According to Khan, some of the industry’s problems including lack of labour, praedial larceny, a lack of land tenure, marketing, the number of private sector “middle men” involved in the sale and distribution of goods, the availability of quality grains and seeds at a reasonable cost, and the prices of chemicals being raised on a whim.
Firstly, he said farmers would like to revert to the Central Market Agency system where the State would buy farmers’ goods and sell them to retailers so there would be no extravagant mark up on the cost of produce.
He explained that many groceries and supermarket did not want to deal directly with the farmers. Instead, they go to a middle man who would buy from the farmers, and then distribute to the stores. These middle men raise the original price for their fee, and then the stores raise the price further so they could make a profit. He stressed that the farmers do not get a cut of that final retail price for their goods.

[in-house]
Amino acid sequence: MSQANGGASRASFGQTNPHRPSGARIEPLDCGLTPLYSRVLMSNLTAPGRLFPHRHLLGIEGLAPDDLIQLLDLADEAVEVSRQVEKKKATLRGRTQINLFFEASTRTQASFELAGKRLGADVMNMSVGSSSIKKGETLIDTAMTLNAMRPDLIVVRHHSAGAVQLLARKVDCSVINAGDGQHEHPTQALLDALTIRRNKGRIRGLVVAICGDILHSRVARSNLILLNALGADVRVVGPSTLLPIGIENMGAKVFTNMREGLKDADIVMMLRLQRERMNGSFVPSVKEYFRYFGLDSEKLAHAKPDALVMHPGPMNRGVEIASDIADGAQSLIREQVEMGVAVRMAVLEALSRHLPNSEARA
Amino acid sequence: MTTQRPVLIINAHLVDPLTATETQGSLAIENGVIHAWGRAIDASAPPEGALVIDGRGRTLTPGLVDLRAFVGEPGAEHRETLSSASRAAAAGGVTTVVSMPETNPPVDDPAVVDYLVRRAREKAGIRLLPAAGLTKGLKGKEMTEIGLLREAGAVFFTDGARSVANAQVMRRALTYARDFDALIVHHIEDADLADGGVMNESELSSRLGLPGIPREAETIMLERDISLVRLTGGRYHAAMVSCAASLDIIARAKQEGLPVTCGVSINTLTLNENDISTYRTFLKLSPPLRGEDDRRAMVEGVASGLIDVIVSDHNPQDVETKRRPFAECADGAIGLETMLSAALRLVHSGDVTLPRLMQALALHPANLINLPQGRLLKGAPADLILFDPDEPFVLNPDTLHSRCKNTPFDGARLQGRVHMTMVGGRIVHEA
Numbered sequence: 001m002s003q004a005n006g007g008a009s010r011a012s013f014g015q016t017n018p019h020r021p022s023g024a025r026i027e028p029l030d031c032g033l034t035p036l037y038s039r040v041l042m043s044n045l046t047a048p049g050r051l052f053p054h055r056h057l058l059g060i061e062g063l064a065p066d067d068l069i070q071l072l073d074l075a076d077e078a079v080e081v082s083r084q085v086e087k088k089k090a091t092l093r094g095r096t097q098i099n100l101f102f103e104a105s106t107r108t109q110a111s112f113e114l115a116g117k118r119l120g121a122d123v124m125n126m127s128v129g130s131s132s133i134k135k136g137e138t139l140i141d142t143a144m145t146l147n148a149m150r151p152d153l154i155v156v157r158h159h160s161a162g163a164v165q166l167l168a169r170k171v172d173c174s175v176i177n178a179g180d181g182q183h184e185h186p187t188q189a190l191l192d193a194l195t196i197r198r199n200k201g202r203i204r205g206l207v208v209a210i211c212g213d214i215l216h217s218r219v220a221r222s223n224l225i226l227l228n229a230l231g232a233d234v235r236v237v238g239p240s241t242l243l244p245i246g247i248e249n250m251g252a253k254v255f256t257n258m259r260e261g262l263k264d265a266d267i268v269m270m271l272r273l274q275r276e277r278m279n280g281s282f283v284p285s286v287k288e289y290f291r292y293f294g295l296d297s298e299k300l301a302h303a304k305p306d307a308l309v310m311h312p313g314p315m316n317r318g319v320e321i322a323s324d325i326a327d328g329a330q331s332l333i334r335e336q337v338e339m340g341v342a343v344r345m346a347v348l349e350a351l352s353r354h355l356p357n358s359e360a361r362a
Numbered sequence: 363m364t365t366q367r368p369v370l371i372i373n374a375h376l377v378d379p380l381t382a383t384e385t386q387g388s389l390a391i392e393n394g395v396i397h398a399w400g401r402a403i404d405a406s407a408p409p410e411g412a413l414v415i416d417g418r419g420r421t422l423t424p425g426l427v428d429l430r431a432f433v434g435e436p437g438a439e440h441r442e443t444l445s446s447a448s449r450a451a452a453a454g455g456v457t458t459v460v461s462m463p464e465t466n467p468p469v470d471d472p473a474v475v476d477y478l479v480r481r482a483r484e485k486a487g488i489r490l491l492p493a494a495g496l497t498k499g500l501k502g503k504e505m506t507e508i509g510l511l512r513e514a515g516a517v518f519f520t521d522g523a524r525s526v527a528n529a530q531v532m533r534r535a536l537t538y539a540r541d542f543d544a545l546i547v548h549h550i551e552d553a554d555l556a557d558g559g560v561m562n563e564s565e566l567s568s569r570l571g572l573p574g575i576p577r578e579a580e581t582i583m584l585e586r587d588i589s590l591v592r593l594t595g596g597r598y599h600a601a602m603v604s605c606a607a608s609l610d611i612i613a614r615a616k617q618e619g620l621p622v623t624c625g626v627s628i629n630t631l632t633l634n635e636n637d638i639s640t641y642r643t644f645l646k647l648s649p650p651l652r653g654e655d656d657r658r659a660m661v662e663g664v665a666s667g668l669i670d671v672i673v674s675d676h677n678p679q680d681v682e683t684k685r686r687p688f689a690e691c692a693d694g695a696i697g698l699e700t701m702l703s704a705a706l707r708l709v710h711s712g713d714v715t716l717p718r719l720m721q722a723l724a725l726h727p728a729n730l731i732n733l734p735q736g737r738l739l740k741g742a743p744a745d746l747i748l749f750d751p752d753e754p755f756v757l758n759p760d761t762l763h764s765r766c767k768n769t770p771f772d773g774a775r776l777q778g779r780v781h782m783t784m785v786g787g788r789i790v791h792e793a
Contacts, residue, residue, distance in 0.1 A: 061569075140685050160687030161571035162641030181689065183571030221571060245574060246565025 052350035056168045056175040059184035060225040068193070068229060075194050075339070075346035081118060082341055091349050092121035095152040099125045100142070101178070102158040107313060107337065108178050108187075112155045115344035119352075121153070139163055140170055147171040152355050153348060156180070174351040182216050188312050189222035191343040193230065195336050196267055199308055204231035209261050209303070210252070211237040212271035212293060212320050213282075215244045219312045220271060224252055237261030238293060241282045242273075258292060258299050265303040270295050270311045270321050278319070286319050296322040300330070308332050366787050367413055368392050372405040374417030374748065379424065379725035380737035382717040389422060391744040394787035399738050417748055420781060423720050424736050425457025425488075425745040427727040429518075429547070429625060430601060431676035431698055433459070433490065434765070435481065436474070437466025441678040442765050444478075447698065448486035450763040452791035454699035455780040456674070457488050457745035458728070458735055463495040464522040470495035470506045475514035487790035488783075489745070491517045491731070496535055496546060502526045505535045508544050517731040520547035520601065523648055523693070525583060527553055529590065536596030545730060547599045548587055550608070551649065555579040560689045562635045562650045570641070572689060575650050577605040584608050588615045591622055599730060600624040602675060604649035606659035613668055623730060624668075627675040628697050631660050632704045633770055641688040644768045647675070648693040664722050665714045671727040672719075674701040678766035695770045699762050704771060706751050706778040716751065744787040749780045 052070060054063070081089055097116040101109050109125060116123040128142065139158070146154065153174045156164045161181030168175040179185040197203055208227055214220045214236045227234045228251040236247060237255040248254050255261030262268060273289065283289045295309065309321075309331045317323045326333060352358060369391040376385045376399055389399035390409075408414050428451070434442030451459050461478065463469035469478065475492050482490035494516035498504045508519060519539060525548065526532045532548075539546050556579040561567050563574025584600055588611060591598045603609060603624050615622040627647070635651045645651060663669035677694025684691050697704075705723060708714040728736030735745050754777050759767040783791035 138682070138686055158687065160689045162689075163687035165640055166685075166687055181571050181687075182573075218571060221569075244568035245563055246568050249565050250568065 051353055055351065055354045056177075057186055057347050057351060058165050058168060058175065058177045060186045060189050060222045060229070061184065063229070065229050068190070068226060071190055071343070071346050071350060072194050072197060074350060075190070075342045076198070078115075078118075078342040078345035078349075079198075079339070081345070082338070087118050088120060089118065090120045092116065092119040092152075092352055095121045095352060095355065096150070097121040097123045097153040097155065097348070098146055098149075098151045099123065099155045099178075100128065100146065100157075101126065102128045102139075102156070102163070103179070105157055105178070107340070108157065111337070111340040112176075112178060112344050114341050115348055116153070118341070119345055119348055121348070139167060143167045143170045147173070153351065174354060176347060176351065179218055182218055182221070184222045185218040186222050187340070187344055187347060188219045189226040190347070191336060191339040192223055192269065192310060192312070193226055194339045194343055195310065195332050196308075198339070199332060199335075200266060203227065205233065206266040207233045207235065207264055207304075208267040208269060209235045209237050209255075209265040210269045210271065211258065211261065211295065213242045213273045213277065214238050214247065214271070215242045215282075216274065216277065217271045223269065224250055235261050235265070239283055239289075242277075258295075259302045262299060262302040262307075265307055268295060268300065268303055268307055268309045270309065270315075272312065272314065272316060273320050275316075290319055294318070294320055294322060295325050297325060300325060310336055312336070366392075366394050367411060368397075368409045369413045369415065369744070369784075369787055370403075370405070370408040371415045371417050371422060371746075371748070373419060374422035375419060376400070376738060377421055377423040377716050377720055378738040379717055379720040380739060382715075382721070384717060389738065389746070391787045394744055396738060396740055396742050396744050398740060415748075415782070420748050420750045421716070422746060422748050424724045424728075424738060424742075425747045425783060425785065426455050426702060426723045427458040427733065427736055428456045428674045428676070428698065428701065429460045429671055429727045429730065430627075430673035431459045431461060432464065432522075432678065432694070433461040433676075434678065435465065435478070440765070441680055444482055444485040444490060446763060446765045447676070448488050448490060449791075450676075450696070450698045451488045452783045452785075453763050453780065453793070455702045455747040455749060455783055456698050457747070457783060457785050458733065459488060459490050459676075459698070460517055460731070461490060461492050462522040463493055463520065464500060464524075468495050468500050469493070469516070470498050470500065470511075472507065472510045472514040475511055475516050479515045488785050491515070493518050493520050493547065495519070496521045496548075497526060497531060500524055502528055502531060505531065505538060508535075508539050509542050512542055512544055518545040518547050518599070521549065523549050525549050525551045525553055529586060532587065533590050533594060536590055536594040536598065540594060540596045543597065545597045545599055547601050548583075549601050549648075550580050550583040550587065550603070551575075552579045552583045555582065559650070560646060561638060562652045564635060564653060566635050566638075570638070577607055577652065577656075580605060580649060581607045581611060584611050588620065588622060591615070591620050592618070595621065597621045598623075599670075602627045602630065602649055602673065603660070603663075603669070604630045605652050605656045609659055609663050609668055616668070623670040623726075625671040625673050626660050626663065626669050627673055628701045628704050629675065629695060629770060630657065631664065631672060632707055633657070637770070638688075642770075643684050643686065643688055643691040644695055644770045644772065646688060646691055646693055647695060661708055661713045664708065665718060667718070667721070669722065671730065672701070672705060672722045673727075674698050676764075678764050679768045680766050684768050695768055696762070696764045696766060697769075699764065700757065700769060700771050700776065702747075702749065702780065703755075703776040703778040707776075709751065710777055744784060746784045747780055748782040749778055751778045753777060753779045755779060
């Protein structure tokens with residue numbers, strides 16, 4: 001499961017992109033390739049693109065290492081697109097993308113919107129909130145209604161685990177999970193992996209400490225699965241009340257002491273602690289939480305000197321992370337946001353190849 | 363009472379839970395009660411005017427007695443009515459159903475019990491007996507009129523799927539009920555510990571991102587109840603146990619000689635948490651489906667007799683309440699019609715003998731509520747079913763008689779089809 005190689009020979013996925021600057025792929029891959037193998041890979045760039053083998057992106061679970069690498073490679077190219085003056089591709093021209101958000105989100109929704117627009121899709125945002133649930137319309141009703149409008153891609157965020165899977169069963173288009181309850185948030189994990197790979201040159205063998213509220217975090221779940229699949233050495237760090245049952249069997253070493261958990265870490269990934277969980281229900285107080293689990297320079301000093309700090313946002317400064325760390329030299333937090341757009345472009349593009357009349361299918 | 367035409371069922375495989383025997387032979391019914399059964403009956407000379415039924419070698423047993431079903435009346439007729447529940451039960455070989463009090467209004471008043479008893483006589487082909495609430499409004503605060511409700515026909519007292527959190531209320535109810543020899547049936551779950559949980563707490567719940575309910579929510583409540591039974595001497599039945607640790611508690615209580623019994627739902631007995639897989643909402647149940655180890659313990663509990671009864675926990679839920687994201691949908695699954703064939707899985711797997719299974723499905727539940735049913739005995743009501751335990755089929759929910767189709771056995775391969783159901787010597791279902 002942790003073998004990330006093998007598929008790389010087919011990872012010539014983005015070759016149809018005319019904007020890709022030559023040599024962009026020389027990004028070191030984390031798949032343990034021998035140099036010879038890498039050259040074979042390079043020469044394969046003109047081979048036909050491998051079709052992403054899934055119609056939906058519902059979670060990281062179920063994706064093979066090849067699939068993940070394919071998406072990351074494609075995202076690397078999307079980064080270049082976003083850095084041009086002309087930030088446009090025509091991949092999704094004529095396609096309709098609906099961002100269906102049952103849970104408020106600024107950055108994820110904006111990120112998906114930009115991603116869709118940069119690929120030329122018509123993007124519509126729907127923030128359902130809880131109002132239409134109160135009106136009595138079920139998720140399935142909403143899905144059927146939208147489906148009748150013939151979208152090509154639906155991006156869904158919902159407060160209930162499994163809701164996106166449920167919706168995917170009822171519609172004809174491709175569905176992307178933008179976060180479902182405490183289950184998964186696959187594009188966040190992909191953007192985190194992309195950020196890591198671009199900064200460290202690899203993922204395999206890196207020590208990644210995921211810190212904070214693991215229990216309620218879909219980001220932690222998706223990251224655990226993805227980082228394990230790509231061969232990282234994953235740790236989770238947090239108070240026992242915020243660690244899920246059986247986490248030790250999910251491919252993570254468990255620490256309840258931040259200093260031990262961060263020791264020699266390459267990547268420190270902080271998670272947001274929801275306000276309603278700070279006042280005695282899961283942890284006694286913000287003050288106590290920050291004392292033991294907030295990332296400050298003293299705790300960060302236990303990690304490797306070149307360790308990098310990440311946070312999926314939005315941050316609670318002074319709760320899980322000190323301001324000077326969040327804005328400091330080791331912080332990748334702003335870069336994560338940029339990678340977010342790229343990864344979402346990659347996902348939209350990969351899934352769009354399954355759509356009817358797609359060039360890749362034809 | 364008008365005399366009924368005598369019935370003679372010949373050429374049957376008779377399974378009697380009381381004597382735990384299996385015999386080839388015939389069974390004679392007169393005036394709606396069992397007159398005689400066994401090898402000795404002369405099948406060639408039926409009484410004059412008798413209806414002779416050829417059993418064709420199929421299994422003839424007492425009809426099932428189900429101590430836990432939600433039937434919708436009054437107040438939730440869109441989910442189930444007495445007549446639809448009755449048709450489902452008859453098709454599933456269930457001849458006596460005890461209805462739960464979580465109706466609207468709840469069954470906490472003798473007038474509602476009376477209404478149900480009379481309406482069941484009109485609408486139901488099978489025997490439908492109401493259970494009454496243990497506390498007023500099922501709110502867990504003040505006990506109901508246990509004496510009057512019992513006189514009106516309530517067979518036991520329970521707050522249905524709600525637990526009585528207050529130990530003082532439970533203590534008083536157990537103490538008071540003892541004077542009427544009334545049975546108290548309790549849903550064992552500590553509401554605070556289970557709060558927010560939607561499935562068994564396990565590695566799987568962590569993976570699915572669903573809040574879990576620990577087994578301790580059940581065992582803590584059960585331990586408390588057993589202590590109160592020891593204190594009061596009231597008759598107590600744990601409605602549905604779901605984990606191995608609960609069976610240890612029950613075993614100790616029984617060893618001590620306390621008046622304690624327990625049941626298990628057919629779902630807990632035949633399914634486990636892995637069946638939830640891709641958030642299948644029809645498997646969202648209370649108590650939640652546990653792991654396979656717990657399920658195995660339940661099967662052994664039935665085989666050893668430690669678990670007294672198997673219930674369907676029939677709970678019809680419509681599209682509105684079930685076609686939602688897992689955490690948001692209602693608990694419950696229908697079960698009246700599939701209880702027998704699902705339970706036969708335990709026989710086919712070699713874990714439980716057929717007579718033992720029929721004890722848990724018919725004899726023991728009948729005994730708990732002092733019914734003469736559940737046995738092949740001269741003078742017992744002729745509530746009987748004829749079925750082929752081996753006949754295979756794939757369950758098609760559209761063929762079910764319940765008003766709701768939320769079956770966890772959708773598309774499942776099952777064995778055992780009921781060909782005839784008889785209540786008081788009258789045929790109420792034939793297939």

He said the National Agricultural Marketing Development Corporation (Namdevco) was supposed to perform the duty of marketing, and have the sole responsibility for finding the markets to sell all goods, not just certain crops from certain farmers.
“If they are responsible for the export market then the farmer would realise a better profit because Namdevco is paid by the State to do what they are doing while the private people increase prices so as to pay themselves,” he said.
Another big issue, he said, was a lack of land tenure. He described the application process as a lengthy bureaucratic one, as he knew several farmers who had applied to renew their leases over 20 years ago, and have yet to receive a response. He said after the previous administration bulldozed several acres of crops in D’Abadie on Easter Monday 2011, many farmers have stopped farming, while others are cautious about developing on land unless they get land tenure for fear of similar actions.
In addition, without security of land, farmers have difficulty securing loans from banks. They are also not allowed to erect fences or place security cameras on the land, thereby contributing to larceny and serious financial losses for farmers.